Third

Studio Album by released in 2008

Third review

Portishead's triumphal comeback

After a ten year hiatus one of the bands that has given the world the beautiful music called prosaically called trip-hop Portishead comes back with the third studio album simply called Third. Formed in Bristol, England, in 1991 the collective consists of Geoff Barrow (who previously worked with Massive Attack and Tricky), Adrian Utley (before, playing jazz guitar for Big John Patton and The Jazz Messengers) and vocalist Beth Gibbons. Ten years ago the band released a live album and then the members tries themselves as solo artists, but in 2005 they again performed live together in their native town and already then made some hints that they were about to begin recording the new studio work. Finally album Third is ready to please the fans with a heavier and darker material with more rock elements to it and arrangements with a rawer sound closer to lo-fi. Certainly one of the best records of trip-hop style Third has become a great and quite long expected continuation of a unique band's career marking its triumphal comeback.

Beautifully fragile and hard music on Third

The album presents on the one hand a completely new collection of songs recorded in the best traditions of the genre, on the other hand some tracks are reminiscent of what Portishead did years ago and it still sounds up to date. Perfect multilayered beats on each single tracks combine greatly with the vocal parties leading tunes. The impetuous opener Silence stops its running just for a moment to let Beth start singing, and then she continues her almost crying monologue against the background of amazing guitars. Hunter is a slow number although far from light with the soft singing periodically interrupted by the growl of some strange motor or some worrisome instrumental departures. Stylish beat on Nylon Smile are only a part of a complicated system of sounds among which the complicated sad tune determines itself and is underline by wonderful guitars. Unbearably calm at the beginning The Rip gradually turns into a tougher composition built on keyboards and synthesizer, but the toughest of all is track We Carry On, based on the contrast between a heavy bass line and a troubled but measured vocals. Simplistic song Deep Water performed with an accompaniment of some toy-guitar and refined with male back-vocals deserves to be called the most interesting on Third, and the most complicated one is undoubtedly the longest one Small, almost seven minutes long, offering a vastest variety of sound effects. The album closes with Threads which is the closest to old Portishead and reminds how beautifully fragile and then hard its music can sound.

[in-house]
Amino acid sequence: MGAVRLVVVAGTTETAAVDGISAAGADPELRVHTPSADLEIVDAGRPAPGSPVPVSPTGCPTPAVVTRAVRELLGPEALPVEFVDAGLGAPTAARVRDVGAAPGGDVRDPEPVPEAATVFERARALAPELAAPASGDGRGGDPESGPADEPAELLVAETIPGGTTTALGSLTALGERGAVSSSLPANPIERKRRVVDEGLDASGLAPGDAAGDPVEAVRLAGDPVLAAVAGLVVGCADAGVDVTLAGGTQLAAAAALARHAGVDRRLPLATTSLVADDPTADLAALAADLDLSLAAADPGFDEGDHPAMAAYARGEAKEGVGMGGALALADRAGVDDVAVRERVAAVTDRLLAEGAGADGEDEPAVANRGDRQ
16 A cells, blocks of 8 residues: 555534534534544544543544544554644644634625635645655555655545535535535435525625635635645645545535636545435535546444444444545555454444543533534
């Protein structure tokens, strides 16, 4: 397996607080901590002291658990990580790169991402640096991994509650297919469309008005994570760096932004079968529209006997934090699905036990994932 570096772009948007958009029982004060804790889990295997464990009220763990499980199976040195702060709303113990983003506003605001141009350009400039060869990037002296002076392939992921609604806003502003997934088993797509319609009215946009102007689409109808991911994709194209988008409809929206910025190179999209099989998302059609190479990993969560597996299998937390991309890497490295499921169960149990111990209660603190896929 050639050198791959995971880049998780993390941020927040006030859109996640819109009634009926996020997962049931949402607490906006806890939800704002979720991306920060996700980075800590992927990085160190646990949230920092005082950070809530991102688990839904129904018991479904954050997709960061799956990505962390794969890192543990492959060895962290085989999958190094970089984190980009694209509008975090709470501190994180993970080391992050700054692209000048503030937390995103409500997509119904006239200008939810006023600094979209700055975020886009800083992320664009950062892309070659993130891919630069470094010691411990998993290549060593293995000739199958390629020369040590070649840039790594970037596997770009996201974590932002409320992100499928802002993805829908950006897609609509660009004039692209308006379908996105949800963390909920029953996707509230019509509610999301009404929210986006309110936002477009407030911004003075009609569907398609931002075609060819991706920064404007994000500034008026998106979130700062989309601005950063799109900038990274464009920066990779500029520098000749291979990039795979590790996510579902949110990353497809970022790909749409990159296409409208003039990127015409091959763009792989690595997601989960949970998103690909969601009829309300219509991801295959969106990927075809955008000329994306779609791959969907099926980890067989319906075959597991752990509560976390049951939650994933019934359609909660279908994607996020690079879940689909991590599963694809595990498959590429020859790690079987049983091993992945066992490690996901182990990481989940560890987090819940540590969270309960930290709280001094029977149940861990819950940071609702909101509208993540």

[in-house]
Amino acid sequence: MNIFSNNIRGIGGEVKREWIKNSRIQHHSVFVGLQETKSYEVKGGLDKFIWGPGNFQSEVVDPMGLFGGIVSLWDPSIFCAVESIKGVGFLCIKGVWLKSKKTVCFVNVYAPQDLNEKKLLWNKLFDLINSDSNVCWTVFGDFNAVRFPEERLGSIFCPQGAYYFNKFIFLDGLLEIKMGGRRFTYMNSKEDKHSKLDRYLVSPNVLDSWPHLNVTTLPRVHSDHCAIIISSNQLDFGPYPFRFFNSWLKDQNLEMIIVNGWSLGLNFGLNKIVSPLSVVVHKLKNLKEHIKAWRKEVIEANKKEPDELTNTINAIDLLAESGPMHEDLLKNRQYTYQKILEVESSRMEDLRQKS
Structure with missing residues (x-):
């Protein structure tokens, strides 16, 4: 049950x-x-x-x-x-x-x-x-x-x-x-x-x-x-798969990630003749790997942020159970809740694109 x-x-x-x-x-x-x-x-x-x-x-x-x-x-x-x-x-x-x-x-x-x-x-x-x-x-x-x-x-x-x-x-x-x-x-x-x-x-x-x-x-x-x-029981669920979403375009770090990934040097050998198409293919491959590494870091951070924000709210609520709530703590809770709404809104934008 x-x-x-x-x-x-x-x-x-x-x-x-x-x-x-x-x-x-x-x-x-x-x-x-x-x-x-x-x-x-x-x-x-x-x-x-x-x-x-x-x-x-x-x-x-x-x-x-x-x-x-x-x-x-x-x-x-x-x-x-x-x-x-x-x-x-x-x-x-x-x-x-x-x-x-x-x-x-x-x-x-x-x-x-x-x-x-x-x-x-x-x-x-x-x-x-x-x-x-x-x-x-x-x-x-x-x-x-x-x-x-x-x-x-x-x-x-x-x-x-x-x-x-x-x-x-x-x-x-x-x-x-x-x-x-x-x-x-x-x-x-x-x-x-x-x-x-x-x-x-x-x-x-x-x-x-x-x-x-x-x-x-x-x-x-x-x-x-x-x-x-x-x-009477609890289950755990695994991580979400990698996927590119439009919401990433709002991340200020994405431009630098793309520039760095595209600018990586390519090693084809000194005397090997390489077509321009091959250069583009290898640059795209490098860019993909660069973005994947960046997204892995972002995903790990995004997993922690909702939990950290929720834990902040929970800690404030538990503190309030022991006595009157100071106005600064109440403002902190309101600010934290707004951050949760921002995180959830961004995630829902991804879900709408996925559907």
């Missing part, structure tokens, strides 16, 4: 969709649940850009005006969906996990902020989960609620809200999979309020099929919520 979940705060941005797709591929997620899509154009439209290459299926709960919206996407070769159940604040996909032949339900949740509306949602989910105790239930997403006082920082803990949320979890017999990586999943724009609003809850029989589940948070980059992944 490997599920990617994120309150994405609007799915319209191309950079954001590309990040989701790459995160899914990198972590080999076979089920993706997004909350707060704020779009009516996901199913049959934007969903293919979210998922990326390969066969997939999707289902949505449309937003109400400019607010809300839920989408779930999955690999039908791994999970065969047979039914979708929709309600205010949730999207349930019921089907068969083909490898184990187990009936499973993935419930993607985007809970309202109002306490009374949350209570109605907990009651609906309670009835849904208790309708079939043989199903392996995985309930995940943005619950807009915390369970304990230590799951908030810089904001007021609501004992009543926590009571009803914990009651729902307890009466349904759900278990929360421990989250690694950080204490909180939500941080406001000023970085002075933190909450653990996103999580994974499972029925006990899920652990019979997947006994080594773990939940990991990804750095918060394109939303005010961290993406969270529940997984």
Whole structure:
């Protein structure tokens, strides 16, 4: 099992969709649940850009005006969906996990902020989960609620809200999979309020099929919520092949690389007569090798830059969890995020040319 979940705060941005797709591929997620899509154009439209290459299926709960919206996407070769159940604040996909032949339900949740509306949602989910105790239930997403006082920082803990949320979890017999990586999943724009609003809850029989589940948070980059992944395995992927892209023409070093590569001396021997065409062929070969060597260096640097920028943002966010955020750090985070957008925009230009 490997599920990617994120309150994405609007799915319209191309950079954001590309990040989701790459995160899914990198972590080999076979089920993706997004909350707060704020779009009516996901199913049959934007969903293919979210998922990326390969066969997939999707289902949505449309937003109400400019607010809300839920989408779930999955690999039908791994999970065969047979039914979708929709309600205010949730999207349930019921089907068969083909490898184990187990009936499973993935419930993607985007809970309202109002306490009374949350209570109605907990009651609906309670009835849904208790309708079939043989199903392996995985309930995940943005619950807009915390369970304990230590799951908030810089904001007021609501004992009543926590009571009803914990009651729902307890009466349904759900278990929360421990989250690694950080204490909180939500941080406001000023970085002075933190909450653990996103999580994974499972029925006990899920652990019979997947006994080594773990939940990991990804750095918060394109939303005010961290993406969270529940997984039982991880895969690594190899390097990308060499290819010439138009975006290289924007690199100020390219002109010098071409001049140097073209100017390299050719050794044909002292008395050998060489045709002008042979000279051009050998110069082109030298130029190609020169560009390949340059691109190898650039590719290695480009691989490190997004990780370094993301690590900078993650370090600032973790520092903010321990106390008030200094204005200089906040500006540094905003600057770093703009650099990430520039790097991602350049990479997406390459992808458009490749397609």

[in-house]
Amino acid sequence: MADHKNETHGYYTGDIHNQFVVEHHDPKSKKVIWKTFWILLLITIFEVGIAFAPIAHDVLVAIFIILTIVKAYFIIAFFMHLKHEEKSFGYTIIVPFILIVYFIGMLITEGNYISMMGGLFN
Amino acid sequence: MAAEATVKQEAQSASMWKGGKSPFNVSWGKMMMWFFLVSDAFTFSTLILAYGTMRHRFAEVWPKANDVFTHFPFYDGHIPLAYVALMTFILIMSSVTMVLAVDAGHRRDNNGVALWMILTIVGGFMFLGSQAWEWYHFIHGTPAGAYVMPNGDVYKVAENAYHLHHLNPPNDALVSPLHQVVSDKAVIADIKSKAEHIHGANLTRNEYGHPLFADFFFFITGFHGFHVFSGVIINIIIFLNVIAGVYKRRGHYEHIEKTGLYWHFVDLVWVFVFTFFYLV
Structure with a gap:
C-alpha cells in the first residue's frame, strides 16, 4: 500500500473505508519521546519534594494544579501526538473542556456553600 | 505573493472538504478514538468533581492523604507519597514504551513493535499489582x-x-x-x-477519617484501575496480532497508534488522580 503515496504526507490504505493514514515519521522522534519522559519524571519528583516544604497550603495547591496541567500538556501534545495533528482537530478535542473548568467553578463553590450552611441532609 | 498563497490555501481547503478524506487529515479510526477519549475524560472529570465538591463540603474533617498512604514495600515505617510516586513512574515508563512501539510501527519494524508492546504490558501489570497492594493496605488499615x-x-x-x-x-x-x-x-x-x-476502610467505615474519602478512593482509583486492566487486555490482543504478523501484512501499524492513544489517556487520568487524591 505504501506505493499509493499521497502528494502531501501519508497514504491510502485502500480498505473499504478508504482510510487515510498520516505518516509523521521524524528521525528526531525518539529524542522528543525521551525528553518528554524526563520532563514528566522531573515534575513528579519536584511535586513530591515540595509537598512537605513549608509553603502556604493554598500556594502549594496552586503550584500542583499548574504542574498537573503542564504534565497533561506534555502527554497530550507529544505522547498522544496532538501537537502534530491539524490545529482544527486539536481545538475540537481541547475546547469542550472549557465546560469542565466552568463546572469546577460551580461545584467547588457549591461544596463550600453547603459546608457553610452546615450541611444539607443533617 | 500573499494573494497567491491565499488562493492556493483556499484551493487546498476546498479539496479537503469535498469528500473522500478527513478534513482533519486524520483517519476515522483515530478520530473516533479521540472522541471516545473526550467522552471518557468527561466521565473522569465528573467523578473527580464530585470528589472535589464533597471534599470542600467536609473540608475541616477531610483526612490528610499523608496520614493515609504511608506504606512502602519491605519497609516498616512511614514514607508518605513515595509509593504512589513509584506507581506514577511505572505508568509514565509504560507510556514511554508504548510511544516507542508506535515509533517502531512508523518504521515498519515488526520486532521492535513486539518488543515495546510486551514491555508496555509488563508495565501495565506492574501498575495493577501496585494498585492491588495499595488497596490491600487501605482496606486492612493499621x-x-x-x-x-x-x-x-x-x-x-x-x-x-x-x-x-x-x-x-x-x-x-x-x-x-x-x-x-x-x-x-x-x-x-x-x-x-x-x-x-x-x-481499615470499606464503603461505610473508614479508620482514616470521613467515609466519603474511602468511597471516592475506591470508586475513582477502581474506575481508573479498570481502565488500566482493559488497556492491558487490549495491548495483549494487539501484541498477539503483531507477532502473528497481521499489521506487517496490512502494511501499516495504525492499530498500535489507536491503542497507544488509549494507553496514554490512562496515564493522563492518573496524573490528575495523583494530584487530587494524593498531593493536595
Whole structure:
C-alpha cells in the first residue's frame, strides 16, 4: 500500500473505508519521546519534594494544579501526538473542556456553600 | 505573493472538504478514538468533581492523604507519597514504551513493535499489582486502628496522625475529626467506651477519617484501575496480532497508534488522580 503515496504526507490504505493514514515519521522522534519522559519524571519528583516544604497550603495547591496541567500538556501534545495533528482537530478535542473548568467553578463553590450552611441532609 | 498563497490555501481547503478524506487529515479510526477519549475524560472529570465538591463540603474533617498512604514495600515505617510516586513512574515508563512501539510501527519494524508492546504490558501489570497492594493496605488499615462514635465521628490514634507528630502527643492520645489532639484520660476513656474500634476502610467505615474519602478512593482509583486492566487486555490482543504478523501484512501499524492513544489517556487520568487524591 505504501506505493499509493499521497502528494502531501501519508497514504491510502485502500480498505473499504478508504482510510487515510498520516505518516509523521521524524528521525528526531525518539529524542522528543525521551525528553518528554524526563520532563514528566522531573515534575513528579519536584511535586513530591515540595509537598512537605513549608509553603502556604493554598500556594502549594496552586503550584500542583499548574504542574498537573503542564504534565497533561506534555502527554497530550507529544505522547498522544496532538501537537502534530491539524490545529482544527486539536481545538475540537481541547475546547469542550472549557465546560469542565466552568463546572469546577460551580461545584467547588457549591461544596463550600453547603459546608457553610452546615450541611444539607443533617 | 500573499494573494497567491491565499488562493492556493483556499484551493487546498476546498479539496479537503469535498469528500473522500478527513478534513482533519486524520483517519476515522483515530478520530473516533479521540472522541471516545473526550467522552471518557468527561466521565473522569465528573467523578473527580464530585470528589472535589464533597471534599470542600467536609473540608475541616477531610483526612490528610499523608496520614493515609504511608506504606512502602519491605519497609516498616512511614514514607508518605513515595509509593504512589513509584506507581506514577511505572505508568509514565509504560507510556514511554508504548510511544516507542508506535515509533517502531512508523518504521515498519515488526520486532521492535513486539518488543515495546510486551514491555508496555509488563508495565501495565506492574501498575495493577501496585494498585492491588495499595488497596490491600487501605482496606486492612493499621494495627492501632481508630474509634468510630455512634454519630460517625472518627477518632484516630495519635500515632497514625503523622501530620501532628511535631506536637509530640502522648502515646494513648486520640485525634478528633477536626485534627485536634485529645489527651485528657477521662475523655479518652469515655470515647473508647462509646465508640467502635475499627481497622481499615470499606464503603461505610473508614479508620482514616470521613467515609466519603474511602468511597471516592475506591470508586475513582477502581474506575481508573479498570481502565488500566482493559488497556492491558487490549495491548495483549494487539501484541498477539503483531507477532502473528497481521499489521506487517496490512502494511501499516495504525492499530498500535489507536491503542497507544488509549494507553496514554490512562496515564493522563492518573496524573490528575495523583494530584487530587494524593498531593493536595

Creations on the edge of heavy and relaxing music

Although Portishead has made us wait for the release of its third work this year it has not failed to make it before such colleagues as Martina Topley Bird, Tricky and Massive Attack, and now Third has all the chances to be the first among the albums of the kind. There is no need to remind that in 1990s it was Portishead to be among the founders of the trip-hop genre standards, and, although today it is not the only collective pursuing the direction its music still sounds impressive. This time modifying the general atmosphere a little bit the team has managed to make creations that slide on the edge separating the heavy music from relaxing one and although some songs are loaded enough with instruments Third is perceived as an integral unit comprising a complicated and multilevel creation. This music could easily serve a soundtrack for some fantastic melodrama or a surrealistic film like those of David Lynch, but even listened through earphones it will give you an unforgettable experience making you fall into a hypnotic dream or dragging you out of it but never letting feel bored.